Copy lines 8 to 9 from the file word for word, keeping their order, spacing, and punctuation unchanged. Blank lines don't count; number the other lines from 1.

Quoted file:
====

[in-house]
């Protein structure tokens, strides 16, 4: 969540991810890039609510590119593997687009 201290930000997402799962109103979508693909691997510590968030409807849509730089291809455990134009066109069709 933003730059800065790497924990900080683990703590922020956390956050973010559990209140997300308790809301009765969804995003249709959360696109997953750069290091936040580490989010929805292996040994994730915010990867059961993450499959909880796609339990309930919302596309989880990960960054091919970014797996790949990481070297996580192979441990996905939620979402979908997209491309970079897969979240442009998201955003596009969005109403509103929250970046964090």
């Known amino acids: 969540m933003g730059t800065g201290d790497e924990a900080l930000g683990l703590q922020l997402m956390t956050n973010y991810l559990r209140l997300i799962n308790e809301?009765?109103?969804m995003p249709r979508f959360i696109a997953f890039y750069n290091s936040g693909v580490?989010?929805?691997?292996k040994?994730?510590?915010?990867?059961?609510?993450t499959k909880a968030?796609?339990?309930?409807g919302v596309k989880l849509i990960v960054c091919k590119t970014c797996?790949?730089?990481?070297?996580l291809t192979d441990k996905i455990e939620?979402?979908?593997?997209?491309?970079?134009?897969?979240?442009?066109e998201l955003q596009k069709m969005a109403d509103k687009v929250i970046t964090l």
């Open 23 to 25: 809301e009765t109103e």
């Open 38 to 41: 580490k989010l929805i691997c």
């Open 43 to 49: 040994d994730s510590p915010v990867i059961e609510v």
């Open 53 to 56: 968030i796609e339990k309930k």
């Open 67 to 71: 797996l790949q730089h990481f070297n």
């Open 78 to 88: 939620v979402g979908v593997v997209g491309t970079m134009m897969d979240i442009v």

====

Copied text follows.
């Open 67 to 71: 797996l790949q730089h990481f070297n």
């Open 78 to 88: 939620v979402g979908v593997v997209g491309t970079m134009m897969d979240i442009v």